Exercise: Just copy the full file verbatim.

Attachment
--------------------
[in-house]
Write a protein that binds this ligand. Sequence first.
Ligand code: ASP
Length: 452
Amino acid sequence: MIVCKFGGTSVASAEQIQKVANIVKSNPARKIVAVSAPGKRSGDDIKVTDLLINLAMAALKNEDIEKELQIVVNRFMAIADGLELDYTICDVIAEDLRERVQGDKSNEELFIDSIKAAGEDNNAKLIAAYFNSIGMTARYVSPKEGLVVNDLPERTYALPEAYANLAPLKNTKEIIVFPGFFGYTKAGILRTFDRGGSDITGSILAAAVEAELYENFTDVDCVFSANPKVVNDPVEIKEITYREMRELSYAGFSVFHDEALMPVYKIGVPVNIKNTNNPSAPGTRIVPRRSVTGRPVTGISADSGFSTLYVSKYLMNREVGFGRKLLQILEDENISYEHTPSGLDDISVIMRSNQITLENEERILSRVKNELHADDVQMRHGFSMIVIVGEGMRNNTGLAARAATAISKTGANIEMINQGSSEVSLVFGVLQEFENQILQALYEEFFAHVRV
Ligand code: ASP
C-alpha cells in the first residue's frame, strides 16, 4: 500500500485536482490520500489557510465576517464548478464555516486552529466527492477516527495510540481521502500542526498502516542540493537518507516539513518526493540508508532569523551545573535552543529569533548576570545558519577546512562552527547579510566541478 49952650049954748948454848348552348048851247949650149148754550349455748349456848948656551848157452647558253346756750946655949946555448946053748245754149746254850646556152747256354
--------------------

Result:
[in-house]
Write a protein that binds this ligand. Sequence first.
Ligand code: ASP
Length: 452
Amino acid sequence: MIVCKFGGTSVASAEQIQKVANIVKSNPARKIVAVSAPGKRSGDDIKVTDLLINLAMAALKNEDIEKELQIVVNRFMAIADGLELDYTICDVIAEDLRERVQGDKSNEELFIDSIKAAGEDNNAKLIAAYFNSIGMTARYVSPKEGLVVNDLPERTYALPEAYANLAPLKNTKEIIVFPGFFGYTKAGILRTFDRGGSDITGSILAAAVEAELYENFTDVDCVFSANPKVVNDPVEIKEITYREMRELSYAGFSVFHDEALMPVYKIGVPVNIKNTNNPSAPGTRIVPRRSVTGRPVTGISADSGFSTLYVSKYLMNREVGFGRKLLQILEDENISYEHTPSGLDDISVIMRSNQITLENEERILSRVKNELHADDVQMRHGFSMIVIVGEGMRNNTGLAARAATAISKTGANIEMINQGSSEVSLVFGVLQEFENQILQALYEEFFAHVRV
Ligand code: ASP
C-alpha cells in the first residue's frame, strides 16, 4: 500500500485536482490520500489557510465576517464548478464555516486552529466527492477516527495510540481521502500542526498502516542540493537518507516539513518526493540508508532569523551545573535552543529569533548576570545558519577546512562552527547579510566541478 49952650049954748948454848348552348048851247949650149148754550349455748349456848948656551848157452647558253346756750946655949946555448946053748245754149746254850646556152747256354